Fresh off the press: Printmaker returns to be a part of 2012 Triennial
The ink is still damp as Robert Truszkowski takes the print fresh off the press and holds it under an ultra violet light.
The ink quickly dries in the process and the resulting high-definition image is what Truszkowski describes as a happy accident.
Both digital and analog methods are working together to create something that is methodical in its stages of creation, but results in something completely unexpected.
Think of titular character Forrest Gump coveting his box of chocolates. Like life, in screen printing you never know what you are going to get until you take that final piece of paper off the press.
It’s that process that still fascinates Truszkowski, a Regina-based artist and associate professor of visual art, who returns to the Okanagan this week to show his latest prints as part of the 2012 Okanagan Print Triennial (OPT) at the Vernon Public Art Gallery.
“I am still loving the happy accident, but I guide it a bit also in the physical application and of what techniques are at my disposal. I like the balance of the creative spirit and the mess that can result,” said Truszkowski, who when not creating art, or teaching it to students as an associate professor at the University of Regina, spends most of his time with his family, consisting of two children, with one on the way.
Truszkowski, 34, has been even busier as of late, preparing the 15 prints that will be part of his solo exhibition, entitled Penance, opening at the VPAG this Thursday.
Truszkowski has spent the past two-and-a-half years working on the resulting prints since winning the solo exhibition award at the inaugural OPT in 2009.
Launched as a collaborative effort between the Vernon and Kelowna art galleries and the creative studies department at UBC Okanagan, that first OPT welcomed print artists from all over Canada to submit their works to a jury.
However, as news of the OPT was sent out through artist circles across the nation, Truszkowski says it almost slipped under his radar.
“A friend of a friend mentioned it in passing to me while I was in a pub in Toronto. Later, I caught wind of it and Googled it. I knew of (OPT co-founder) Briar Craig. He was also a Queen’s (University) guy, and was part of the printmaking lore there, so when I saw this, I thought it sounded like a fantastic opportunity.”
As the jurors may have sensed at that first OPT, Truszkowski’s art process is best described as laborious.
He uses digital applications –– images and illustrations scanned on software –– that are transferred using more traditional screen printing methods. He still squeegees the ink by hand with the screens clamped on a table. And then there’s the newer method of using the fast drying UV light to “cure” the prints, resulting in a high density gloss that makes them pop.
“I use a lot of digital separations, and I use paint and spray bottles to jam them all together... There are usually 60 to 70 layers on top by the end,” he explained.
Originally from Hamilton, Truszkowski graduated from the bachelor of fine arts program at Queen’s University in Kingston, Ont., and received his masters at Concordia in Montreal. He credits his former professor and mentor at Queen’s, Otis Tamasauskas, for instilling in him a love of printmaking, and also for his becoming a professor himself.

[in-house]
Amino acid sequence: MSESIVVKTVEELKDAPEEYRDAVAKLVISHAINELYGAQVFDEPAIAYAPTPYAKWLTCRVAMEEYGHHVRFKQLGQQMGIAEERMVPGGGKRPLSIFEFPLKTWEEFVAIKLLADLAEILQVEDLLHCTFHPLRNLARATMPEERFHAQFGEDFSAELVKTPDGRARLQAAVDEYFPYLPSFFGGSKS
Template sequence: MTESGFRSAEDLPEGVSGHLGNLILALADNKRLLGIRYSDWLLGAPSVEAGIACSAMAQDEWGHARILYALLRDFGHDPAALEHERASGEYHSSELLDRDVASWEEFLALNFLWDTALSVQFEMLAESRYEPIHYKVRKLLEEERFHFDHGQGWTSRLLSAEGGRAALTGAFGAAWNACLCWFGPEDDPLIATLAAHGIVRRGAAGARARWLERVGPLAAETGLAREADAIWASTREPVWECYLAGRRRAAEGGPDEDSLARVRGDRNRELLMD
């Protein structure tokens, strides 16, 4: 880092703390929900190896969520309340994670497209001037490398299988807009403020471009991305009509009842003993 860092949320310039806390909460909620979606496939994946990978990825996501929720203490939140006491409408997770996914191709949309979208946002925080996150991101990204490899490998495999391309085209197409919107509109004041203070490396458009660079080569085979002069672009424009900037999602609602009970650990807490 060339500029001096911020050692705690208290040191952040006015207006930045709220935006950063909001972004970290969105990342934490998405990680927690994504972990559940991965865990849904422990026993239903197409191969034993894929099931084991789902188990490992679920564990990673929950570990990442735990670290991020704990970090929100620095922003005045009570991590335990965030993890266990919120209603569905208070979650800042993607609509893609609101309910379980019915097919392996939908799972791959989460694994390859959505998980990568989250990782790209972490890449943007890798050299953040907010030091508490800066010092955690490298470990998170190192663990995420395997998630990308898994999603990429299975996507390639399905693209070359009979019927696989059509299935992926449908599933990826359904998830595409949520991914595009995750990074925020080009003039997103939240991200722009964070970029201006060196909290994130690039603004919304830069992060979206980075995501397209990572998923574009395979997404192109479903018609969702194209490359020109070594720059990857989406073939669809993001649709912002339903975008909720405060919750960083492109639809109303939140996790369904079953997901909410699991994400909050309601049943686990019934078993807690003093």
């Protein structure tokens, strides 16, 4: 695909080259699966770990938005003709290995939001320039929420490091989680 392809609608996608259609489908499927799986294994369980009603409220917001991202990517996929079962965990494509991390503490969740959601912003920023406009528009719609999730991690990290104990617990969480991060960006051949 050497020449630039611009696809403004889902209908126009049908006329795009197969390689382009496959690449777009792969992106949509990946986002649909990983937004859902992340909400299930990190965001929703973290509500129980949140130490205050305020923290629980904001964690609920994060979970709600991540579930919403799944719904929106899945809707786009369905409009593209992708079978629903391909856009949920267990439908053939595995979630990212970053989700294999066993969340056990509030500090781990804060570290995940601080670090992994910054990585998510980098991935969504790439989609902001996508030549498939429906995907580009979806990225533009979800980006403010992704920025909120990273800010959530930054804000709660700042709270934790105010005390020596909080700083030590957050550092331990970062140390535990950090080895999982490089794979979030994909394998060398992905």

“I even named my son after him,” laughed Truszkowski. “I always liked to draw and paint, but I didn’t think of it as a career until I went to university. My thing was why go for something I didn’t like.”
It was towards his third year of undergraduate studies that he was introduced to printmaking. Although he had conflicting responses from his instructors on how to proceed –– one of his instructors was more meticulous and methodical, not believing in chance, Truszkowski decided to also take Tamasauskas’ advice, and just go with the flow –– of ink, so to speak.
“It was a fantastic balance to not only let it happen, but guide it a bit too,” he said. “Every day I went back to the studio, working all night hammering it out until I had a well crafted print... I was so enthusiastic, and drunken by the possibilities in learning to do something that results in a happy surprise.”
Truszkowski has been able to practise what he preaches to his students, and credits the OPT, and its co-founders Craig, also a recognized printmaker and associate professor at UBC Okanagan, and VPAG curator Lubos Culen, in helping him find a broader audience for his work. His winning achievement has resulted in not only exhibiting opportunities, but has put his name in contention with some of the leading printmakers in the country.
“It was an accidental relationship that I made with Briar and Lubos that has been a key to my life and career,” he said. “Everything since has been manifested from that experience.”
And that includes the possibility of applying to the next OPT when it opens to international artists and returns to the Vernon art gallery in 2015.
“It’s on my radar along with other opportunities,” he said. “I have plenty to keep me busy.”
The public can meet Truszkowski and see his work at the opening reception and artist talk for Penance at the VPAG Thursday, March 29 starting at 6 p.m. The gallery is also offering a tour of the exhibition that includes a return trip to Kelowna to see the 2012 OPT at the Kelowna Art Gallery, Saturday, March 31. Contact the VPAG at 250-545-3173 for details.